In 2021, the United States Census indicated that there were over 37 million one-person households, or 28 percent. This represents a significant rise that’s only expected to continue. For example, in 1960 one-person households only represented about 13 percent of households in the U.S.
There are many reasons for this, of course, including divorce and the death of a spouse. Plus, the percentage of adults living with an unmarried partner also inched up over the past decade, from 7% to 8% demonstrating a consistent change in the way couples today view marriage. However, one thing unmarried people seem to have in common is that their planning needs can be quite different from those of married couples. And, many singles are unprepared for retirement.
For example, singles often cannot take advantage of certain tax breaks, such as filing jointly, that are available to married couples. And, the cost of living for a single person is not 50 percent of that for a couple. A more realistic figure is between 60 and 80 percent, unless the single downsizes his or her home, or finds a roommate. In fact, according to the Joint Center for Housing Studies of Harvard University, by 2035 roughly 11.5 million renters will be 65 and older and seeking help covering their bills.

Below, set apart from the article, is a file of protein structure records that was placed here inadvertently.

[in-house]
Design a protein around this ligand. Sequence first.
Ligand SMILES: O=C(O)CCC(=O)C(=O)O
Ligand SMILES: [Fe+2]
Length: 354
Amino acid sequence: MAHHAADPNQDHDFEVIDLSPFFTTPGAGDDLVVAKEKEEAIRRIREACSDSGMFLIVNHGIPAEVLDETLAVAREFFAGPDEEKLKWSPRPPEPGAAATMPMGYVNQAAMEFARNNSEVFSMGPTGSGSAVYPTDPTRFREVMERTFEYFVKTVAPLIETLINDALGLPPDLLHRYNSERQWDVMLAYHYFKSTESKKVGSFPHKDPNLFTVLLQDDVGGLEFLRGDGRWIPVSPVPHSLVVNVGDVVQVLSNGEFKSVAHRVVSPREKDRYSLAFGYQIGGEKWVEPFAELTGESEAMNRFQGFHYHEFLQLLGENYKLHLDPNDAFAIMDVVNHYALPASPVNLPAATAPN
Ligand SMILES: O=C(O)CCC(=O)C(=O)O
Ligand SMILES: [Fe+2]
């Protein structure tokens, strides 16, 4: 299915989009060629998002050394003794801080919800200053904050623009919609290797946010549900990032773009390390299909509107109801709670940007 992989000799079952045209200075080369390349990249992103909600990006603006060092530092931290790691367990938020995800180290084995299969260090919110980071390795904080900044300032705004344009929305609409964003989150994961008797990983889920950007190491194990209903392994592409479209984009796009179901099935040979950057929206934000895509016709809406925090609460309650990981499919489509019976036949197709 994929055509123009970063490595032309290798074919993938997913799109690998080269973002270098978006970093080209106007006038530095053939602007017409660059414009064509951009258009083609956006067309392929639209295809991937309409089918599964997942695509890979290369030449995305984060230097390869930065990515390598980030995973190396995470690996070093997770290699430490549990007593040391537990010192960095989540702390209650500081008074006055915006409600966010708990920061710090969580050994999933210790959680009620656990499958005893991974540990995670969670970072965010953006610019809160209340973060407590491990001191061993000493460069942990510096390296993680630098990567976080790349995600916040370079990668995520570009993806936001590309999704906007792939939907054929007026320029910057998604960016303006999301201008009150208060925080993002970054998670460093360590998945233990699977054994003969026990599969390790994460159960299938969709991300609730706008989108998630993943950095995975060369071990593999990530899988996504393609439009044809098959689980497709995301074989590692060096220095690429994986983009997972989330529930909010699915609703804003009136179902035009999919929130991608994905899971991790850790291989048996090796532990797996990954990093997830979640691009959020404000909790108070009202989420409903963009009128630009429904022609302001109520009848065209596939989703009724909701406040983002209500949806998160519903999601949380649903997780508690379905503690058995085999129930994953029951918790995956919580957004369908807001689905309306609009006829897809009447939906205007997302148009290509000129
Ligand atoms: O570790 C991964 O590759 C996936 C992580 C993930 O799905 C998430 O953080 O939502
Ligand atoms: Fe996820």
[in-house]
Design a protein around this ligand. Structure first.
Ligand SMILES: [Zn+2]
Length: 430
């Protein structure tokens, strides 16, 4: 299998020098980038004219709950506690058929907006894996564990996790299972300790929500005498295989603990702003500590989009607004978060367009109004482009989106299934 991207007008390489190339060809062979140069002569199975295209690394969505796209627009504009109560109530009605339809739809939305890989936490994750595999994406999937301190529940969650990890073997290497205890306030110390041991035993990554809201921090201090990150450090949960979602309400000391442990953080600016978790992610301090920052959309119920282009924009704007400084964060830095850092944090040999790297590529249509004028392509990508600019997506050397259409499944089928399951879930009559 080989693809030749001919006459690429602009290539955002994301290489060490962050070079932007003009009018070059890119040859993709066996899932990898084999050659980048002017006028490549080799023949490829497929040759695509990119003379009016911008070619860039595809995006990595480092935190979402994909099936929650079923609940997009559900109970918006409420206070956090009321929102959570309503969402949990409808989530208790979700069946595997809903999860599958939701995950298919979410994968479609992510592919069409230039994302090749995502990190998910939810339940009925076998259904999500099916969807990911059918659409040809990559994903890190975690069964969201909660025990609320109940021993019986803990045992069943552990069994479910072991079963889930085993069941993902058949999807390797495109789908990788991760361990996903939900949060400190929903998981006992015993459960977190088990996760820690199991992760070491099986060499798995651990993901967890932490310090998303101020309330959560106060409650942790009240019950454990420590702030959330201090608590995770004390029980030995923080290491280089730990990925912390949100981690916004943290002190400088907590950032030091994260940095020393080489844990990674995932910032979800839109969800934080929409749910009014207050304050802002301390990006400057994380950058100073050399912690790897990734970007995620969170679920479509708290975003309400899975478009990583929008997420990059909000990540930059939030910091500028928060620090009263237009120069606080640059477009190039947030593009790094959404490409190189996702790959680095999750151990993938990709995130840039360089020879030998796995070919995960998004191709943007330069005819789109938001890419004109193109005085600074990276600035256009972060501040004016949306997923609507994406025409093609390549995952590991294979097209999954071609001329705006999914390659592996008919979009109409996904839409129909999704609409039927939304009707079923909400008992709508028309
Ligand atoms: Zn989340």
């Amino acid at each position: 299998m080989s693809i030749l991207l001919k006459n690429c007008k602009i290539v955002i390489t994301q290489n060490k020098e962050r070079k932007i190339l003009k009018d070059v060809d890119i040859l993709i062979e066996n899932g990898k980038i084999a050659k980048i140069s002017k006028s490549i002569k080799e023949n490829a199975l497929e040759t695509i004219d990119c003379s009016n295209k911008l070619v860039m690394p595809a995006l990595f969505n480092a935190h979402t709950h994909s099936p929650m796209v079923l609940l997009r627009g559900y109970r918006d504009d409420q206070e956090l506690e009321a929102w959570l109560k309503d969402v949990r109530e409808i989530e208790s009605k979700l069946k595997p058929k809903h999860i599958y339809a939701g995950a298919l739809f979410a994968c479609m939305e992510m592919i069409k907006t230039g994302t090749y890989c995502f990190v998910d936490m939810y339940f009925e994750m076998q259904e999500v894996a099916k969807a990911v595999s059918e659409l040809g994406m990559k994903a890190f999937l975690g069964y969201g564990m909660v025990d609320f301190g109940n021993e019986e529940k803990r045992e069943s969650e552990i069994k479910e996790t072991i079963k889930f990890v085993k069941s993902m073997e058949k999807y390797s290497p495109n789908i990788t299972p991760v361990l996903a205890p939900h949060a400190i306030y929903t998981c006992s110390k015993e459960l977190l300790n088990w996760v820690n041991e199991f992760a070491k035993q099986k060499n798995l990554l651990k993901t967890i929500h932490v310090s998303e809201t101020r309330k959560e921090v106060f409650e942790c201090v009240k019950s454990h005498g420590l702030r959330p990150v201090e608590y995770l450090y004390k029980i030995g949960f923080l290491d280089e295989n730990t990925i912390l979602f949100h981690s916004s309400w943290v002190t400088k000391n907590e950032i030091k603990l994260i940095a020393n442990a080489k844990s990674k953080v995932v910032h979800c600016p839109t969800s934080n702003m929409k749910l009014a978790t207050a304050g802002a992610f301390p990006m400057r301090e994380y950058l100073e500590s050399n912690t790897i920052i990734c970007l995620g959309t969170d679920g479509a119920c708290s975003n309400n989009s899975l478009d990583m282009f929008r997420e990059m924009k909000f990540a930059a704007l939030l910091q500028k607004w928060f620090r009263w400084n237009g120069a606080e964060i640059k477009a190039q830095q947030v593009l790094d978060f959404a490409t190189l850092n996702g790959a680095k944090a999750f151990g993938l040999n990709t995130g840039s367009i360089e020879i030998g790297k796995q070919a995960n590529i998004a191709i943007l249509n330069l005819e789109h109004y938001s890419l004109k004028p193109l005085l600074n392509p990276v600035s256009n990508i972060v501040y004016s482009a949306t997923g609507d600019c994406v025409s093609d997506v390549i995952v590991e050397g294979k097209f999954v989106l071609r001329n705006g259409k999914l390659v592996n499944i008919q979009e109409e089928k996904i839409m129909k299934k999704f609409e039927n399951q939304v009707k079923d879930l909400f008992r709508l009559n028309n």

Singles may also feel a greater need to purchase expensive long-term care insurance because there is no spouse to serve as a caretaker in an emergency or over the long term. Plus, in the event of a medical emergency, unmarried couples should seriously consider appointing a healthcare power of attorney so that your wishes are respected in the event that you are incapacitated. Without this document, even your partner will be unable to ensure your wishes are honored and may even experience great difficulty receiving basic information about your condition.
Recently divorced retirees can face a slew of challenges as well. For example, alimony payments designed to cover a former spouse for life may disappear if the former spouse who was making them passes away. Additionally, owners of life insurance policies name the beneficiaries and singles who don’t own a shared policy may find themselves without any benefits at all if an ex-spouse changes the beneficiary designations. However, it’s important to note that there may be certain benefits available to divorcées, such as eligibility for an ex-spouse’s Social Security benefits. For example, if the marriage lasted ten years or more, the divorced spouse can receive these benefits even if his or her ex-spouse has remarried—with no impact on the ex-spouse’s benefits.
Given the unique planning challenges faced by singles, it is important to consult with an experienced estate planning attorney. If you are single, Attorney Susana Lannik, of Lannik Law, LLC is an experienced estate planning attorney who can help you design a plan to meet your particular needs. We’re here to help.